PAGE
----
A lot of this divorce business underlines how much we can, or can’t, be expected to do. How our selfishness and entrenched loyalties and human limitations, unwillingness to believe ill of those we love even in the face of their clearly doing, or being, ill, color our ability to be in the world, and especially to be with truth.

Part of it, of course, is that I used to represent their shining hope at being closer to and understanding their son. Now that I don’t, there’s some attention missing. From my sister-in-law too. Now that I have nothing to offer but myself, it’s not enough.

I have a lot more to say about that. But I just got a call from my lawyer friend saying that the judgment is held up YET AGAIN because of some box that needs to be checked. And so I have a lot to do.

And I have something to say about the email I got from K. this morning, an email that says he has to cancel May 10’s visit (a Sunday, Mother’s Day) because he has to work.

I spent an hour being angry with him for not offering or at least professing a desire to find another time to replace it with and see his children.

I then thought, well, I can’t make him want to see them. And I definitely can’t make him honor his Sunday parenting time (a fact which should be obvious, based on the past few weeks). But I can make it clear that these decisions have consequences.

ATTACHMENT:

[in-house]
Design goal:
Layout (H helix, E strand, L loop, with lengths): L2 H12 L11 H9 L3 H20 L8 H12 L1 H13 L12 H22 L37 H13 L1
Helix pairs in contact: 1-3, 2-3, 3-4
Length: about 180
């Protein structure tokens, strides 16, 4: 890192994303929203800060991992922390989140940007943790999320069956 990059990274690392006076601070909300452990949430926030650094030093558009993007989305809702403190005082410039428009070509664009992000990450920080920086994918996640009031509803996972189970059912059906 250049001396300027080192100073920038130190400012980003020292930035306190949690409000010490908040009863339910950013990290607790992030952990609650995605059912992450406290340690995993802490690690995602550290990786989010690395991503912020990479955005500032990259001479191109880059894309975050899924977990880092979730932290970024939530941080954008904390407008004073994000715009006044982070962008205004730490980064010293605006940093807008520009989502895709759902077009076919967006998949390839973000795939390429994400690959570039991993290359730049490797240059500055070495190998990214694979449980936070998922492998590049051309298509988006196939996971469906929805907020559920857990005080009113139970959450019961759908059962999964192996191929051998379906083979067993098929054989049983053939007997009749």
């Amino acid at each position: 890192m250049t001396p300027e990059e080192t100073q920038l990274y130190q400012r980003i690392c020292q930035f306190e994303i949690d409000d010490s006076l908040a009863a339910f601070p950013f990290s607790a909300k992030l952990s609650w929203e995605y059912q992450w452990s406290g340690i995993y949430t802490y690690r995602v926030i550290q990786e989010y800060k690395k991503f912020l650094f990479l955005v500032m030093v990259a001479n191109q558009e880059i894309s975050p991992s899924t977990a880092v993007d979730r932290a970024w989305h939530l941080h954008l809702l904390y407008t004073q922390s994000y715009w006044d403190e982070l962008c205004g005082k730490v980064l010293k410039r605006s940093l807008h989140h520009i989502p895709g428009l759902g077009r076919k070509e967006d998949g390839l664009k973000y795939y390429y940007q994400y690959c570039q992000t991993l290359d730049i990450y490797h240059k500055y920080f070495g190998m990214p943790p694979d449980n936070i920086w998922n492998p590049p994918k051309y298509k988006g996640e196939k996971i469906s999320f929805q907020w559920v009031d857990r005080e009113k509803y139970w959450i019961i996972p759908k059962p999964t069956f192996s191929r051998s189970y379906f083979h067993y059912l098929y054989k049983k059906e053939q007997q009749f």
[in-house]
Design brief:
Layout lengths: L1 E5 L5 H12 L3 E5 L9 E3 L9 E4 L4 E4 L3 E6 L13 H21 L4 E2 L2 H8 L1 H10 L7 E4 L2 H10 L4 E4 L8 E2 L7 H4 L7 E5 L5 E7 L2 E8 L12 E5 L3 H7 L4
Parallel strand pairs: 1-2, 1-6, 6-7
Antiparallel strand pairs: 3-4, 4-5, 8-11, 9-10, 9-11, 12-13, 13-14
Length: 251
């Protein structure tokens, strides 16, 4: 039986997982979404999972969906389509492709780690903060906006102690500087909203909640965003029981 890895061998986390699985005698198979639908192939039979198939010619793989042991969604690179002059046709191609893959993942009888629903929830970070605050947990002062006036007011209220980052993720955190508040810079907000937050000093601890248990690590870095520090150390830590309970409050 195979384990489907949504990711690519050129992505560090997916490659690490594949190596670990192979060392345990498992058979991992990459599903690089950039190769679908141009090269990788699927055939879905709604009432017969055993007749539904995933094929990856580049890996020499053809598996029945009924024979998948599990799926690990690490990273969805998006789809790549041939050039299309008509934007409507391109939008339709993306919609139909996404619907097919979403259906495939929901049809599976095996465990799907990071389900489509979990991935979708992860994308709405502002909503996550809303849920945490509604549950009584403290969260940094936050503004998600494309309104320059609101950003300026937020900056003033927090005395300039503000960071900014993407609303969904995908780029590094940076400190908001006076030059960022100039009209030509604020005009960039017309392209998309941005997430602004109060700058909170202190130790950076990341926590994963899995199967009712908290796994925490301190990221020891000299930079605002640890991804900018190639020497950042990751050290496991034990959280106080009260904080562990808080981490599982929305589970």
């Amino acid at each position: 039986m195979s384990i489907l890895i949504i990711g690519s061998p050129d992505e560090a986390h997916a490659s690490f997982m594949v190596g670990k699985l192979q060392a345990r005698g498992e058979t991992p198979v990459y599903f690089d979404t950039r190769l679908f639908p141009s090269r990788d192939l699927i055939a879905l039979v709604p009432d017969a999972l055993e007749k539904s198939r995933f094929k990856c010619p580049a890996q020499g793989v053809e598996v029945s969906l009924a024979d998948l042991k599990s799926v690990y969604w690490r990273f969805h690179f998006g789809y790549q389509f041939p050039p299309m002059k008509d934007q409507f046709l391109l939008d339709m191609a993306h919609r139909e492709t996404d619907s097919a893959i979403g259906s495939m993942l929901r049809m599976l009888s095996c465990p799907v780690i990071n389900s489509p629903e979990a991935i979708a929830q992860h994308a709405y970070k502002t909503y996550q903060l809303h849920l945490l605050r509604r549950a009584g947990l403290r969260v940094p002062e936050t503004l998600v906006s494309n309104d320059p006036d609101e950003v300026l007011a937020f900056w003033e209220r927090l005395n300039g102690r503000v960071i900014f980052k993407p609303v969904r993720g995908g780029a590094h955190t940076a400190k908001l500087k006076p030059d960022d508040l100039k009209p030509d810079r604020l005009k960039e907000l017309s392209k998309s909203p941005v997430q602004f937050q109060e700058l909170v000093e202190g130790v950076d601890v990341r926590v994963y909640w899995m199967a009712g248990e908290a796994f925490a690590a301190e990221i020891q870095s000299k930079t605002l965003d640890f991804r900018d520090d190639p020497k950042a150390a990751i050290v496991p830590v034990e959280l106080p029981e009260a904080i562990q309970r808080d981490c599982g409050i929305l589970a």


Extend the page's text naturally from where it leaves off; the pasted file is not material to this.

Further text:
So I sent the following reply:

I see. Well, I’ll need to hire a babysitter to get my work done that day, so let’s discuss your financial contribution to that at our meeting. Thanks for letting me know.

Really, it gets to be too much.

K. was supposed to come at 11:15 today. Thing One had a birthday party to attend in a distant suburb, and rather than drag Thing Two there, she was going to stay home with K., who would have been starting his parenting time a bit early (and ending it early).

A couple of days ago my intuition told me not to bet on it, so I had both ready to go. When he didn’t show or call by 11:20 (we have gone over The Importance of Calling If You Are Going to Be Even One Minute Late ad nauseum), I piled everyone into the car.

At a few minutes to noon, as we pulled into the party, the phone rang. “I’m waiting for a cab,” K. said. “It’s late, so I’m going to be a few minutes late.” (I guess he’d slept in and needed to take a cab rather than budget the extra time for the bus.)

“Well, you’re actually already 40 minutes late. And we’re in Tigard.”

“?”

“Remember? We talked about it at our meeting last week? You were going to come at 11:15? Because of Thing One’s friend’s birthday party? You wrote it down.”